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The Obesity Society had their annual meeting in San Diego over the weekend, and Shari Roan at the Los Angeles Times filed a report on some of the latest discoveries in the field. One of the bigger pieces of news came from researchers in Calgary, who had been working on fake, or "pseudofood," which will make people feel fuller than they ordinarily would.
According to Roan, "The method involved filling a gelatin capsule made of biocompatible and biodegradable materials with expandable, absorbent fiber and polymer granules." The study seems to be fairly early in the development process, with only four subjects so far. But every indication at this point shows that the capsules are safe, and don't cause any discomfort.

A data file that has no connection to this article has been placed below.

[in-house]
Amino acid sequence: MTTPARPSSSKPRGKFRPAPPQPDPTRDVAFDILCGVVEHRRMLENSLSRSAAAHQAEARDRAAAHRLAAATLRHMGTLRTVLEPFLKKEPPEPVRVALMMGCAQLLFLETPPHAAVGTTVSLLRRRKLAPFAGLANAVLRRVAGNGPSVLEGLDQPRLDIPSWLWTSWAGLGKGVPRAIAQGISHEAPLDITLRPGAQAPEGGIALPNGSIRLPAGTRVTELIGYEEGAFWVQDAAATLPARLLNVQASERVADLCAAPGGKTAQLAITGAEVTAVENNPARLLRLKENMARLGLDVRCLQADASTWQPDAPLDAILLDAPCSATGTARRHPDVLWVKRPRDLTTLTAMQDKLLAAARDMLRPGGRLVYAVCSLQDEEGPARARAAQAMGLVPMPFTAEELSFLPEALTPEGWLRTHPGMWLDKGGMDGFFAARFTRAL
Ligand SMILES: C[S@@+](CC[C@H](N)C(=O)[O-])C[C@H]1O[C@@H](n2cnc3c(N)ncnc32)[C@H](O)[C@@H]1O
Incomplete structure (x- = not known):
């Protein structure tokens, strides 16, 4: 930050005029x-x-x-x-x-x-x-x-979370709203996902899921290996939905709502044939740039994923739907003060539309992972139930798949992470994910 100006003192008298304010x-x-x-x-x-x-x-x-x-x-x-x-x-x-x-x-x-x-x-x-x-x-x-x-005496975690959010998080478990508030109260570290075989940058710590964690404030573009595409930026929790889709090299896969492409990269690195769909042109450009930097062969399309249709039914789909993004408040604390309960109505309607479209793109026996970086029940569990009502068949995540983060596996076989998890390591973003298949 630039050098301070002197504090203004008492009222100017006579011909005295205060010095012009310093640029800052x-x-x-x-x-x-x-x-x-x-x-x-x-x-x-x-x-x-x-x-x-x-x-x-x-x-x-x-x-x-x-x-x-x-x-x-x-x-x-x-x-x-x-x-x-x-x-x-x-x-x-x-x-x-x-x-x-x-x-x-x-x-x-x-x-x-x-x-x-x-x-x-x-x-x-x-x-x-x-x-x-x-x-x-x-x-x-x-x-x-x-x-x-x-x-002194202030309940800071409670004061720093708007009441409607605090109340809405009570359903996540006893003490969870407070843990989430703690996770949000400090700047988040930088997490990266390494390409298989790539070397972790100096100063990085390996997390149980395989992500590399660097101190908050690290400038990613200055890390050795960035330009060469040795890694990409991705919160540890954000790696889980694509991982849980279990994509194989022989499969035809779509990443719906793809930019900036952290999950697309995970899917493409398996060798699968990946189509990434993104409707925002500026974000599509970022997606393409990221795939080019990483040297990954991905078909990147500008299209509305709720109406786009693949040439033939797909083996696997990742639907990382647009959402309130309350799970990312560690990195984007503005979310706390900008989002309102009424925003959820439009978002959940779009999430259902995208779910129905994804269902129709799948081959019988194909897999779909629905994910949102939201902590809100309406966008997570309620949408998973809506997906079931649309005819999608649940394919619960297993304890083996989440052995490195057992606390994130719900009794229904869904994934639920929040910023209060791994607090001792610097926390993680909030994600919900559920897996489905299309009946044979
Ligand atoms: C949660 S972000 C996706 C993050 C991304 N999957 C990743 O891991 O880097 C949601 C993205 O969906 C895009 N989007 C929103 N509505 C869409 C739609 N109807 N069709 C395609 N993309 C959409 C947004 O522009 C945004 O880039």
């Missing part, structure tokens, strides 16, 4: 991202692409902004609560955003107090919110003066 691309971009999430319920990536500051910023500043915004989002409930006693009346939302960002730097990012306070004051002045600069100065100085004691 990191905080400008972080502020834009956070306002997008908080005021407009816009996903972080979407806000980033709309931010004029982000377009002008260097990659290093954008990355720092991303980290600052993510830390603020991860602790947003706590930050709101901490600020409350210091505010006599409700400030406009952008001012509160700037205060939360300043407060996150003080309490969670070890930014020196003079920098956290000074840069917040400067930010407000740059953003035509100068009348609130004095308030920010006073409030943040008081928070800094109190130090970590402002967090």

So what else was discussed at the meetings? One study showed that obese children aged 2 to 19 don't seem to consume more sugary sodas than normal-weight children of the same age (but don't get too excited -- soda is still bad for you). Another examination was on people who lost large amounts of weight and kept it off. The data showed that those who exercised the most also had the lowest percentage of calories from fat in their diets. Said Roan, "It could be that these people were more devoted to their diets. But another possibility is that heavy exercise causes biological changes that decrease the desire to consume fat."
Lastly, it looks like only 59% of men and 64% of women actually eat three regular meals a day, with obese people even less likely to do so. 90% of adults reportedly eat at least one snack per day. This of course begs the question, who exactly are these 10% of adults who don't snack? Our guess: people who lie in studies, and maybe prison inmates in solitary confinement.